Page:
Vancouver’s Downtown Eastside (DTES) community was once described as “Our 4 Blocks of Hell” on the cover of the local newspaper. The DTES has remained an epicenter of demonization for almost a century. The public perception of this area focusses on how it has been home to some of the city’s most marginalized for generations: the unemployed, mentally ill, addicted, homeless, and individuals in the survival sex trade. Like many communities subjected to negative characterization, it has become “a zone of abandonment” (Biehl 2013) in the public eye without attention to the strengths and assets that exist there. We hope our collective stories illustrate a rival space, a “zone of acceptance,” where women seeking to heal from psychosocial wounds stand together on the threshold of successful lives. Our stories offer narratives about dignity, vocation, and community esteem.
The DTES was once home to Vancouver’s first City Hall, hotel industry, business and financial sector. Despite marking the beginning of the city, this history has been largely forgotten. Today, many of the century-old hotels are dilapidated, and their tiny rooms with shared bathrooms offer substandard stop-gap housing for the poor. The monthly rents ($375) mirror the government shelter allowance. The DTES has been characterized by the general public as without hope. In the years leading up to the establishment of East Vancouver Roasters (EVR), buildings near its eventual site were so stigmatized that postal workers refused to deliver mail, and even the most dedicated mental health workers would not enter some of them. The real estate prices were so low that entire hotels and significant heritage buildings could be purchased for less than the price of a single-family dwelling elsewhere in the city. By the 1990s, injection drug use, overdoses, and the HIV rate had reached epidemic levels. Public understandings of the area did not include any attention to the existing assets or strengths that existed within this community.
Low Barrier Employment: Work Without Borders
Article author Dan Small (DS) worked in the development of health care, housing, and psychosocial rehabilitative programs from 1996-2014 (e.g., supervised injection, housing for active drug addicts, needle exchange, and a drug users resource center). The people served by these programs were often socially compromised by ideas in the wider public about addiction that characterized them as blameworthy (Goffman 1986 (1963); Small 2004).
It was within this context that DS began to develop low-barrier employment for people with multiple barriers (e.g., homelessness, addiction, mental illness) so they could attend a job meeting in the morning, work in the afternoon distributing clean syringes, and be paid in cash the same day, and work without identification, résumés, or experience with interviews. In contrast to traditional vocational rehabilitation programs that try to “get people ready to work” (e.g., prevocational skills training, volunteering, and résumé production), DS developed initiatives to “give people work to get them ready.”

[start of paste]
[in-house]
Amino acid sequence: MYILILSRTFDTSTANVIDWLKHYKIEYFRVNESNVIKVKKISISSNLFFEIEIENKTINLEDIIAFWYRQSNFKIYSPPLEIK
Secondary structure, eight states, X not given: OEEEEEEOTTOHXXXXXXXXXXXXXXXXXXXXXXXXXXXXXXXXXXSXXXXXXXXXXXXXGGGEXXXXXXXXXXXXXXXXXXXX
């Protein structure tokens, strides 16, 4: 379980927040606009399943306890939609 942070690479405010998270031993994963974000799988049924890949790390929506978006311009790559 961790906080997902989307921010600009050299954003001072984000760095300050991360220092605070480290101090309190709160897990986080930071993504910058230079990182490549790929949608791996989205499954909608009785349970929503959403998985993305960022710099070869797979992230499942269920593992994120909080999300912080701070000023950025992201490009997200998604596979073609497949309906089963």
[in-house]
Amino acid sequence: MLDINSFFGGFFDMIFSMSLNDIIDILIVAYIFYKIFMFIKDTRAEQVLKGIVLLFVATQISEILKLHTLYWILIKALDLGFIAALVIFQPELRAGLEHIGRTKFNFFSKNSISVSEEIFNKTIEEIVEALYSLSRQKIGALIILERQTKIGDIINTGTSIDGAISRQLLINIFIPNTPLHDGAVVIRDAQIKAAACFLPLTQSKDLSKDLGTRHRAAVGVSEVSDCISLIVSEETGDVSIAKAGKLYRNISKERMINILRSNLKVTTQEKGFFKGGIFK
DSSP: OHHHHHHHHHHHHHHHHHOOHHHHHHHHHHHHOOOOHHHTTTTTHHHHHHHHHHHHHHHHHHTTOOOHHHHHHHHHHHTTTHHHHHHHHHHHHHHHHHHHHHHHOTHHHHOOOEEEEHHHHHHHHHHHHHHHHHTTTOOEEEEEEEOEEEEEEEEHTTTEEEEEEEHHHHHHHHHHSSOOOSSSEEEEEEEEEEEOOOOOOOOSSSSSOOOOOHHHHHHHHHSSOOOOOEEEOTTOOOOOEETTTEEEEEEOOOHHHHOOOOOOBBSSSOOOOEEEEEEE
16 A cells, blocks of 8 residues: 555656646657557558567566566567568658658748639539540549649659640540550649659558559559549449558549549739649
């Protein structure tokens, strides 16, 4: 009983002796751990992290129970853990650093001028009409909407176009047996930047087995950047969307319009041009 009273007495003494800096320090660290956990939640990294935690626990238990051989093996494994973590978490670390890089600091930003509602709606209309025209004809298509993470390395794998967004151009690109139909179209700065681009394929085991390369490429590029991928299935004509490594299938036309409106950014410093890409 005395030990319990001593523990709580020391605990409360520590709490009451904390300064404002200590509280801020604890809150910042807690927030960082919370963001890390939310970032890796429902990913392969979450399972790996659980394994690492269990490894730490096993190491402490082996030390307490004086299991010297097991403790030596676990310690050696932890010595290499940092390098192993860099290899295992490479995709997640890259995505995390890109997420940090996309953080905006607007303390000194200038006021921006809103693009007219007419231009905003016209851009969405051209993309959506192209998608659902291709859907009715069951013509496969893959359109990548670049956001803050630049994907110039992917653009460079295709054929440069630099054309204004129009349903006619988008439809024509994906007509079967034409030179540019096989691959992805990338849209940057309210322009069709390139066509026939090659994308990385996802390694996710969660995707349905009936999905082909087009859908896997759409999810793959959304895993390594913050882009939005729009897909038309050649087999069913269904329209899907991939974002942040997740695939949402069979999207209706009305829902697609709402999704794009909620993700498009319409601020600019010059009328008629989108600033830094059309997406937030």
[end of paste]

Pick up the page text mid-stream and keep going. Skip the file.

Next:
As participants in these programs began to heal and manage the chaos in their lives, they could progress from short-time jobs offered on a day-by-day basis to making a commitment to a particular day, which became their weekly position. In time, individuals would be able to graduate into full-time, supervisory roles, where they had health benefits and received bi-weekly paychecks (rather than cash payment required by people living at the edge of survival).
Traditional employment programs at the time deployed a rehabilitative model employing people with barriers in precarious jobs like janitorial, garbage removal, or dishwashing. The programs were comprised of jobs, not dreams, and the idea that people in need could seek a vocation as well as employment was unfamiliar. While the wider public considered this to be a kind of “dirty work,” it was clear that different positions garnered symbolic capital for the participants (Hughes et al. 2017). We use the notion of symbolic capital here to refer to reputation, distinction, or prominence held by individuals “in proportion to the recognition they receive from a group” (Bourdieu 1995). Rather than simply having a job, such as mopping in a housing project, there was symbolic capital in work in needle exchange or supervised injection by virtue of the dignity associated with saving lives.
In this realm, DS imagined a social enterprise where employment would be a doorway to something more psychosocially relevant than work; it would be a vocation. It could be invested with dignity and be a place where anyone would want to work. The idea of EVR was born—a place where women enrolled in an addiction recovery program would work in the production of high-quality bean to bar chocolate and coffee roasting.
EVR is located on the same block as Vancouver’s Pigeon Park. The park has been a focal point of judgment and a symbolic center of under-privilege for 100 years. After the great depression, it was a grassy area where the unemployed congregated. Successive city governments attempted to address perceived social problems in the park, such as public drinking, in various ways, including trying to make it inhospitable by removing the benches and paving over the grass. The park has endured, along with the area around it, as a vibrant and eccentrically populated community. Today, while still called Pigeon Park by locals, it is a concrete triangle with a few benches and cement planters where the poor meet in a kind of outdoor living room.
Continue reading in the spring issue of Practicing Anthropology.